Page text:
It’s a perfect day in Oklahoma—sunny, 72 degrees bound for 81, a gentle breeze.  I will have been here a year this week— my willingness to accept and adapt, my participation in the world around me, and the focus of my life have gone through as many rollercoaster rides as my moods.  Today I am content and grateful for the gentle weather, the Work, and the projects that put art in the center of my life.  Here’s what I’m working on now.

I bought a $2 book at my favorite antique mall for the quotes, then tore the rest of the pages out to make background papers for cards and whatever else might need funky paper.  This is my kitchen counter this morning.

Right now, my studio table is putting together three new Libra cards.  I’ve loved the beading work on this one.  And I can look out the window at my “Rock Garden” and the first doo-dad planted there—a peace pole that says “Be a Steward of the Earth” (a reminder for me to get out and pick up trash).

 

In my bedroom, I’m thrilled with the utility cart I got from Dick Blick.  Everything within reach when I camp out on the bed with Emmett and the latest Netflix binge.  Rolling the cart around still freaks Emmett out, but he freaks easily (A moth got inside recently, which sent him into a frenzy).

Right now I’m working on my spread in our Art Journal Round Robin.  Our group decided to do another round, and the theme for the journal I have now is “Make Me a Garden.”  I had a bunch of tiny portraits, so I’m happily crafting flower hats for them—lilies, Japanese poppies (it tickles me to have Japanese TV characters for these), roses, a bunch of pansies (all men with glasses, though that was not a conscious connection.  It’s weird how my brain works sometimes), a clutch of hydrangea girls and a few oddballs.  I can’t wait to place them in a garden.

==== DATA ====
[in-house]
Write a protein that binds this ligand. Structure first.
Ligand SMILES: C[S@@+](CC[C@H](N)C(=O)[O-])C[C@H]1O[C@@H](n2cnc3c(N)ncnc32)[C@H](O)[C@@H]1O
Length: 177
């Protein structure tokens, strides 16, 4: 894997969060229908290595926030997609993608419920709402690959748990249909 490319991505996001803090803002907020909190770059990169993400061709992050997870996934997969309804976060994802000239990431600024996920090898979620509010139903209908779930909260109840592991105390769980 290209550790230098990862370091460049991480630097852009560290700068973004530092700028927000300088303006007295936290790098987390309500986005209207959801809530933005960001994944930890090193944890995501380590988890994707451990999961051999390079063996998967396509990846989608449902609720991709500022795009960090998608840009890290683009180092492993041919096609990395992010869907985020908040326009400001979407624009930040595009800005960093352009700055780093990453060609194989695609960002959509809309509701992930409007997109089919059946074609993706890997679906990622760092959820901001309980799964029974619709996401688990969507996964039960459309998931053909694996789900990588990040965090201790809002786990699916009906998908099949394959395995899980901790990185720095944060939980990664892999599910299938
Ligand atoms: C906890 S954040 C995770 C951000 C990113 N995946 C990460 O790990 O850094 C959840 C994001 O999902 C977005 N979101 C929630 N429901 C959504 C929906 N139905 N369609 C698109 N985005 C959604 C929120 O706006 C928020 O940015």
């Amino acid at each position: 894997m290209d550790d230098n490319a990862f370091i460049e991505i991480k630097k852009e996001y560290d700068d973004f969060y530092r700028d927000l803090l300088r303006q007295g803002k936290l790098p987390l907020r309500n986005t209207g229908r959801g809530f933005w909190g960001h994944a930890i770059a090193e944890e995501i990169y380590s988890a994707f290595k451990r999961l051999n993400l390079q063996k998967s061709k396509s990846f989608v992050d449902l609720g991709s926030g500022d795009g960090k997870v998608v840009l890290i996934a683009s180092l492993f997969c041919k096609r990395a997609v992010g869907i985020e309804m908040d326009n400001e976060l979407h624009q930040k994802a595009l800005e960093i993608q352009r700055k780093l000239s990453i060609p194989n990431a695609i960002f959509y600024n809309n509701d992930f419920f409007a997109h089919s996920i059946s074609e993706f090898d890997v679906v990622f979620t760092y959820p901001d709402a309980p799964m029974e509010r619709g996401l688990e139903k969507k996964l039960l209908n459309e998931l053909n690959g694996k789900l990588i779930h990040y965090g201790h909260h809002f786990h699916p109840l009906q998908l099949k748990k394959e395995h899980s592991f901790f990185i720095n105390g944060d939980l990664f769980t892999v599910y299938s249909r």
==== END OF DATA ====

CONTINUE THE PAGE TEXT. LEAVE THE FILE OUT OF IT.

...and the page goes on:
I’m also in the process of making my new series of Month cards.  They are more involved and layered with tons of collage elements.  Starting next week, the Civic Center will be hosting an arts/crafts event every first Saturday of the month through October.  I’ll be part of the Muskogee Art Guild’s booth, and I wanted something new mixed in with the other cards I make.  It will be fun to keep a month ahead, adding these cards to my inventory.

I’m also getting my last deck of playing cards ready to become bases for new Penny Positives.  It’s grunt work—covering them with gesso, adding paint, maybe a little design, and a sort of “trademark” to the back.  But, I like how they turn out, so it’s all worth it.

As I mentioned, arting is the center of my life now.  It keeps me from thinking.  I never would have believed that thinking might be something to avoid.  My intelligence was valued and praised as I was growing up, so I strived to be smart.  I discovered this year that thinking can lead me down a dark path where I focus and ruminate on feelings until they turn into truth.  This is the year I learned to get out of my head whenever I could and let my hands do my thinking for me.  I’ve learned that makes for a much more peaceful existence.

I’m 61 and still discovering on this Adventure.  Thank goodness.

 

 

In the Gray

I’ve shared this journal spread a couple other places, so I’m sorry if its old news.  But this is where I am—in the Gray of disconnect and apathy.  Gray doesn’t carry the anguish or hopelessness of The Black.  It’s colorless and adrift, lonely while being intolerant of companionship, and capable of being distracted without too much effort.

I Don’t Care is the name of a restaurant here in Muskogee (as in “Where do you want to eat?”  Answer: “I don’t care.”). I think it’s a horrible name for a place of business, but it suits me as an anthem right now.  Maybe I do care a lot, and it’s easier to say I don’t.  I’d have to expend too much energy to dig out the truth of it.  Just doesn’t seem worth the effort.

So, I will pass time.  Mark time.  Exist.  Hard to tell in the mist.